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Reliable initial reservoir estimates can be made for a prospect without the benefit of reservoir engineering information. This is done by combining petrophysical data such as sonic, gamma-ray, density, and resistivity logs with inverted seismic profiles and geologic models.
To delineate and appraise the reservoir volume adequately with seismic data, the reduction, processing, and display must be subject to strict quality control. The wavelet must be converted to zero phase, contracted and centered on the reflection coefficient that corresponds to the target beds. The useful spectrum of the data must be as broad as possible to define the geologic boundaries properly. There must be a good estimate of the amplitude spectrum of the wavelet and a successful deconvolution to remove effects of the source signature. Noise maintenance or reduction must precede inversion of seismic data to pseudo-sonic logs. The low-frequency gap in seismic records must be restored deterministically by the use of a geologic model with interval velocities specified. Time-variant pr cesses should be minimized or avoided. A reliable calibration of absolute transit times must be obtained given that the inversion algorithm was stable and satisfied all assumptions involved in its use. Finally, results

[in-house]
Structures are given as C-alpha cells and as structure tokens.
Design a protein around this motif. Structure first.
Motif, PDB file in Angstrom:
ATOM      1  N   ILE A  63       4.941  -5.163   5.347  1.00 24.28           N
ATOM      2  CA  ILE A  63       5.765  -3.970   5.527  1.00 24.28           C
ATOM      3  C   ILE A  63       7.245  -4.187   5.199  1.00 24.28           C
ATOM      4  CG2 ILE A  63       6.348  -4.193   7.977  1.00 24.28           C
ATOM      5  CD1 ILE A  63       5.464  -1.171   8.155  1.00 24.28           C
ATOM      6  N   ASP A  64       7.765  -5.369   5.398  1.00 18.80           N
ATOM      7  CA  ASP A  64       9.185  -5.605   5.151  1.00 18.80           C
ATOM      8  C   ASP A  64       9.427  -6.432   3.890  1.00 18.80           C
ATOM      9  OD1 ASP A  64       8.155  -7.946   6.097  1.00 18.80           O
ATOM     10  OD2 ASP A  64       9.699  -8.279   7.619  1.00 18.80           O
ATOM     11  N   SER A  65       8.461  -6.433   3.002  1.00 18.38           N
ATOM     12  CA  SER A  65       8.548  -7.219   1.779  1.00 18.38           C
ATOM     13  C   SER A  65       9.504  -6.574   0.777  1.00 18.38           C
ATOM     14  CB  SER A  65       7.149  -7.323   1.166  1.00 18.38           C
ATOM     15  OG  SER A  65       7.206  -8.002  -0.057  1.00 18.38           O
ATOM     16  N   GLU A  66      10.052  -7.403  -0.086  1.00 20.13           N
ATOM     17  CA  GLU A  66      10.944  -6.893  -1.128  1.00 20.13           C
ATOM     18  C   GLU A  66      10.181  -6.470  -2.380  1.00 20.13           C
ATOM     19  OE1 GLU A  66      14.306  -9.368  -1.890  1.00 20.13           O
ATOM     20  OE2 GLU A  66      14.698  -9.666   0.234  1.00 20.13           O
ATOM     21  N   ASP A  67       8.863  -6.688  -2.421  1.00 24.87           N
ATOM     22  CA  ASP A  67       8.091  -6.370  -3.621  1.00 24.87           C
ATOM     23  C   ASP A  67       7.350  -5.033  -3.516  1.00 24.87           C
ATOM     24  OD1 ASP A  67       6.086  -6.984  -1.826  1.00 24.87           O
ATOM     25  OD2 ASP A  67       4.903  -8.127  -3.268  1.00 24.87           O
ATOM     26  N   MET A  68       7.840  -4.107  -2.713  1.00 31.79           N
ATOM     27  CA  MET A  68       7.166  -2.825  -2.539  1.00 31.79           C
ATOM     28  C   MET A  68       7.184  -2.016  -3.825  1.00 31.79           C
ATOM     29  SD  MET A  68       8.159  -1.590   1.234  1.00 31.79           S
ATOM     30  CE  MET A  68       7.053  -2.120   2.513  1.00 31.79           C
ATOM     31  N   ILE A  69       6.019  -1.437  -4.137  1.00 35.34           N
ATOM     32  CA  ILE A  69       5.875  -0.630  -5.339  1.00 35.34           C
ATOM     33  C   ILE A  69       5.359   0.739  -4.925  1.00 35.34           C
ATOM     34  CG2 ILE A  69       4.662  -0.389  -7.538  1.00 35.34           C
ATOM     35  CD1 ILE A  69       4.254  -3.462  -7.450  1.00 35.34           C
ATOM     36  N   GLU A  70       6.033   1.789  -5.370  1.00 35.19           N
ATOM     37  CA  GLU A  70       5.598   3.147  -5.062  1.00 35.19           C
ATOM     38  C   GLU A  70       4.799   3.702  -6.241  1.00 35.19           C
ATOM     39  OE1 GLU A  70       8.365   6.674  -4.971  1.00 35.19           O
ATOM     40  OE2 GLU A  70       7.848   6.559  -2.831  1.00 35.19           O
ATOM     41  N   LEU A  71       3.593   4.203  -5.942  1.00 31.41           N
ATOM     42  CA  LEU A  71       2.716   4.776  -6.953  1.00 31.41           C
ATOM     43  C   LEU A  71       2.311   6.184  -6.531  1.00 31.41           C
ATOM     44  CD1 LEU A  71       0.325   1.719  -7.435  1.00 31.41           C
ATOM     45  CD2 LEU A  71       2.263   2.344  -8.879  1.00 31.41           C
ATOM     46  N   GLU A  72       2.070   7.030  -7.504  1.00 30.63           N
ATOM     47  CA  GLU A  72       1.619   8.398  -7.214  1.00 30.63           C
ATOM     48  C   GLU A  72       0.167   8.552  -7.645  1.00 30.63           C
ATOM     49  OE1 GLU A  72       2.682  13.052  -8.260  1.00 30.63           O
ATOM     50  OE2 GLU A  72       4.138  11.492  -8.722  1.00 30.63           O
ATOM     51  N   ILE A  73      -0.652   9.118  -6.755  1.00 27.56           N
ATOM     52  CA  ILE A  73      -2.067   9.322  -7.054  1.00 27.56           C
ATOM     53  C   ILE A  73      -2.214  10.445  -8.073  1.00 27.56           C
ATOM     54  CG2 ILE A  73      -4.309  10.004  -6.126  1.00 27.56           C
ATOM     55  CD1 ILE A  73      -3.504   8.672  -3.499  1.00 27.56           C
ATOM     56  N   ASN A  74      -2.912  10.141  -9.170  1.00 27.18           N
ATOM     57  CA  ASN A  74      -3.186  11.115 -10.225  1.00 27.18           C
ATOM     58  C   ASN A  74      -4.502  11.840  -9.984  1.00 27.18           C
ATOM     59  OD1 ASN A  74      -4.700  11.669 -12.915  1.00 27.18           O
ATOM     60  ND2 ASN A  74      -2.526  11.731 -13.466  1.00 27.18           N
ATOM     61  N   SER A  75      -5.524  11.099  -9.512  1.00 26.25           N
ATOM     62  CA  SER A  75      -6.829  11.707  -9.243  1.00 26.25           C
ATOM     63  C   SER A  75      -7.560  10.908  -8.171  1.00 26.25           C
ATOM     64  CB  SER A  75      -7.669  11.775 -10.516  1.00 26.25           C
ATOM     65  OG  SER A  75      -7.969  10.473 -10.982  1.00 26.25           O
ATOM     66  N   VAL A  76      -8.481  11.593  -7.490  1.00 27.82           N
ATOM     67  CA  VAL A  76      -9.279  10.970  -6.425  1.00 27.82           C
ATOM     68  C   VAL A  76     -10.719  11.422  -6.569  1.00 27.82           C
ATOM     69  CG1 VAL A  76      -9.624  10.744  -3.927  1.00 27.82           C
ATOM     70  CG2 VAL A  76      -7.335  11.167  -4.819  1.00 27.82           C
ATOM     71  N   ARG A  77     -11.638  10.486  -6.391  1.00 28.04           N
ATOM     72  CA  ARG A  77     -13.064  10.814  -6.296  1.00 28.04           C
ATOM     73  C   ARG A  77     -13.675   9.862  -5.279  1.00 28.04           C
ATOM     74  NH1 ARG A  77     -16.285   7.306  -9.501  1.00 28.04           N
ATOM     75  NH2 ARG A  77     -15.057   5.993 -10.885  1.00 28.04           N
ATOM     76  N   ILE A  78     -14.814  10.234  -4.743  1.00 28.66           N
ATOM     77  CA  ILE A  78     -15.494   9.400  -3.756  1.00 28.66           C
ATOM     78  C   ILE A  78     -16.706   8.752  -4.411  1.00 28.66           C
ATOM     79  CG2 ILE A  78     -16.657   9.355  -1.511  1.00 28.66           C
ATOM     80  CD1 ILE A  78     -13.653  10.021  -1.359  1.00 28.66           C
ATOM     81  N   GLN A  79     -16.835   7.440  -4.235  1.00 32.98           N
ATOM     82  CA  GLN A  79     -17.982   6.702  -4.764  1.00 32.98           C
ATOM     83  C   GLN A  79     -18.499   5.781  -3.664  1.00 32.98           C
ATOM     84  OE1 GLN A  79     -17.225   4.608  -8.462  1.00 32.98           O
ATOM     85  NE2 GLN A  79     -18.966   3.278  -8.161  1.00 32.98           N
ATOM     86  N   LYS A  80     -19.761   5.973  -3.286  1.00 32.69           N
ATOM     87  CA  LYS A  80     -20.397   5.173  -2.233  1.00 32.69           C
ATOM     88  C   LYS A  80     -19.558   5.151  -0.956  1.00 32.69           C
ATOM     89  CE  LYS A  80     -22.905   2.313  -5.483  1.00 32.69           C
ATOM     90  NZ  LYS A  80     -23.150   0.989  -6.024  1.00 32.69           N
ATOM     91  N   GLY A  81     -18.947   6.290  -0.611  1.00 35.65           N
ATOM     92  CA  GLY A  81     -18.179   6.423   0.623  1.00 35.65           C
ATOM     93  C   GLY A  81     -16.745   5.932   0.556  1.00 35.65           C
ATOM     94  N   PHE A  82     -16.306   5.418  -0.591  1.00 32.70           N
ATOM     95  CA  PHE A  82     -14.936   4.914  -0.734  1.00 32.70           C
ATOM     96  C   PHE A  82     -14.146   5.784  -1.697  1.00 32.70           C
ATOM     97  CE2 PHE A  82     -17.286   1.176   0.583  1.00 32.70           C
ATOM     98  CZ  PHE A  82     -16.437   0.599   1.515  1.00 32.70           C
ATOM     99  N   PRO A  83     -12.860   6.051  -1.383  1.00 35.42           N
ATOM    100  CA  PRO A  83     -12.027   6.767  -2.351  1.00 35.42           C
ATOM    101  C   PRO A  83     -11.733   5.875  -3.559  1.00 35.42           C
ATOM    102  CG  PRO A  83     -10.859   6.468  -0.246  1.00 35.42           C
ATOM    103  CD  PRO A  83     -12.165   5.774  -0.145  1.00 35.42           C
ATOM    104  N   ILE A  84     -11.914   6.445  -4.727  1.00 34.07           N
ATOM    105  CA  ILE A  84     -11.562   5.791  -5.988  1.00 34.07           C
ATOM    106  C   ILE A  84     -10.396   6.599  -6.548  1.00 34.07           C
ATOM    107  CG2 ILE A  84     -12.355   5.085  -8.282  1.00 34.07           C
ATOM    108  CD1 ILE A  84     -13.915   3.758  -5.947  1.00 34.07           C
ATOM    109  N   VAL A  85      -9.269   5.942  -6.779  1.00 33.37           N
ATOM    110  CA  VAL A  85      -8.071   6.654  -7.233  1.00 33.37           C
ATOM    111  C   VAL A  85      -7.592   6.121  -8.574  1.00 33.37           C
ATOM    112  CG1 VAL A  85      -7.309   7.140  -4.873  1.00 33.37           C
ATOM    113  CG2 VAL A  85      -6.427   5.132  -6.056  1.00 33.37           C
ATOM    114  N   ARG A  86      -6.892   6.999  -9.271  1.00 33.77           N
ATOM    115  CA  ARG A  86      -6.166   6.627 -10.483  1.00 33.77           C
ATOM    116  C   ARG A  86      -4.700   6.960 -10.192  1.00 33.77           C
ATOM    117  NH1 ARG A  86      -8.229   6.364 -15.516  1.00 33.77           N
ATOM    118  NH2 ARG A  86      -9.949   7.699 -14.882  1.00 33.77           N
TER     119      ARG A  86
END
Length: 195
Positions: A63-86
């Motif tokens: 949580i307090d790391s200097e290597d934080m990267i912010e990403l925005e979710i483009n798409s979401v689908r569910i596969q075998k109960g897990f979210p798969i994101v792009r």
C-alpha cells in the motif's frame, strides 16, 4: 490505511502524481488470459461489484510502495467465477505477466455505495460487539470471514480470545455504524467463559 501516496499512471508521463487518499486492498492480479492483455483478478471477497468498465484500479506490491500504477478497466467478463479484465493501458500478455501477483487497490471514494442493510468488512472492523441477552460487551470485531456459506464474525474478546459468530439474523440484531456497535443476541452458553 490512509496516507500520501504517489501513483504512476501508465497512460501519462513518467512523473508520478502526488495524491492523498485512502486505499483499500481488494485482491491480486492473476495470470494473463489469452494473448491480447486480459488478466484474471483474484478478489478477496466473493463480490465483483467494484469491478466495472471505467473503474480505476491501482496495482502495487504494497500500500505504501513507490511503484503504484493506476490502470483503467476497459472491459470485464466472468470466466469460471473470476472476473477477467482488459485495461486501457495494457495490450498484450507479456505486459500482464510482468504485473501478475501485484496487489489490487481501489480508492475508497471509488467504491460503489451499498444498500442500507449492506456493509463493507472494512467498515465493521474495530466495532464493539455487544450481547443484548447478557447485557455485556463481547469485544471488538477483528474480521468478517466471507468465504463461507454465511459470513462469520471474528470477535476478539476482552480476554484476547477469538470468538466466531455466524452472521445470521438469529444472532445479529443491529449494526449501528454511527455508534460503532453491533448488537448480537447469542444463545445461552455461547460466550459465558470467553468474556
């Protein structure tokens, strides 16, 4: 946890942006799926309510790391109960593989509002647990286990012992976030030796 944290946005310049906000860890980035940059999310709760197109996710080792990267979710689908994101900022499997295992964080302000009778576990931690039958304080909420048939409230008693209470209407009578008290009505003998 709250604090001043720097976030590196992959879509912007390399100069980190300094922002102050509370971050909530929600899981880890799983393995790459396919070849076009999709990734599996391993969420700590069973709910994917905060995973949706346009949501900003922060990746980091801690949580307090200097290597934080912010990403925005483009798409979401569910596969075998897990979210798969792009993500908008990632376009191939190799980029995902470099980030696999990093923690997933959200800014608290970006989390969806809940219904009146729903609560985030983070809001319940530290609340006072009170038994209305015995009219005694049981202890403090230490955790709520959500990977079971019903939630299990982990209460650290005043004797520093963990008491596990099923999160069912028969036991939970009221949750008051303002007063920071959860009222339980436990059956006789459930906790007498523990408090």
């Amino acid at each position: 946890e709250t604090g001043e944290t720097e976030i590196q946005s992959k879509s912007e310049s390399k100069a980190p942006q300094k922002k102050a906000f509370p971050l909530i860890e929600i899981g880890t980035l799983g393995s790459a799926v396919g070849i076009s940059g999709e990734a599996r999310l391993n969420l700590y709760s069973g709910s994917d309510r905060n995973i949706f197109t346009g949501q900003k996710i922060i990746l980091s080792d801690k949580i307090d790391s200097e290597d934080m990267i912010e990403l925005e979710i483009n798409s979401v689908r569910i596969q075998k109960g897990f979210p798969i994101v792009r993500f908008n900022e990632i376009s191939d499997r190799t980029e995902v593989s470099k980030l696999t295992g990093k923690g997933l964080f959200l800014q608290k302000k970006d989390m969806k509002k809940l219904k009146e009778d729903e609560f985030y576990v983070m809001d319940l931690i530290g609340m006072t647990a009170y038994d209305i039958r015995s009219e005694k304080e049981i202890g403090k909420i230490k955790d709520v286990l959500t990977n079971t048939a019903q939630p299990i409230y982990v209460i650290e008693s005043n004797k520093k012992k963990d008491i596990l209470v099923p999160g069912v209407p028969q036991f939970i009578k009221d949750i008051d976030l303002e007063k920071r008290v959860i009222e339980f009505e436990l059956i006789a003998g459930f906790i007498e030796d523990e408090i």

must be displayed or printed out so that data manipulations can be reviewed critically.
Having achieved a rigid quality control, explorationists should now feel comfortable with initial reservoir estimates based on these data sets. Financial planning and forecasting can then proceed on a more secure basis earlier in the exploration and development of a prospect.
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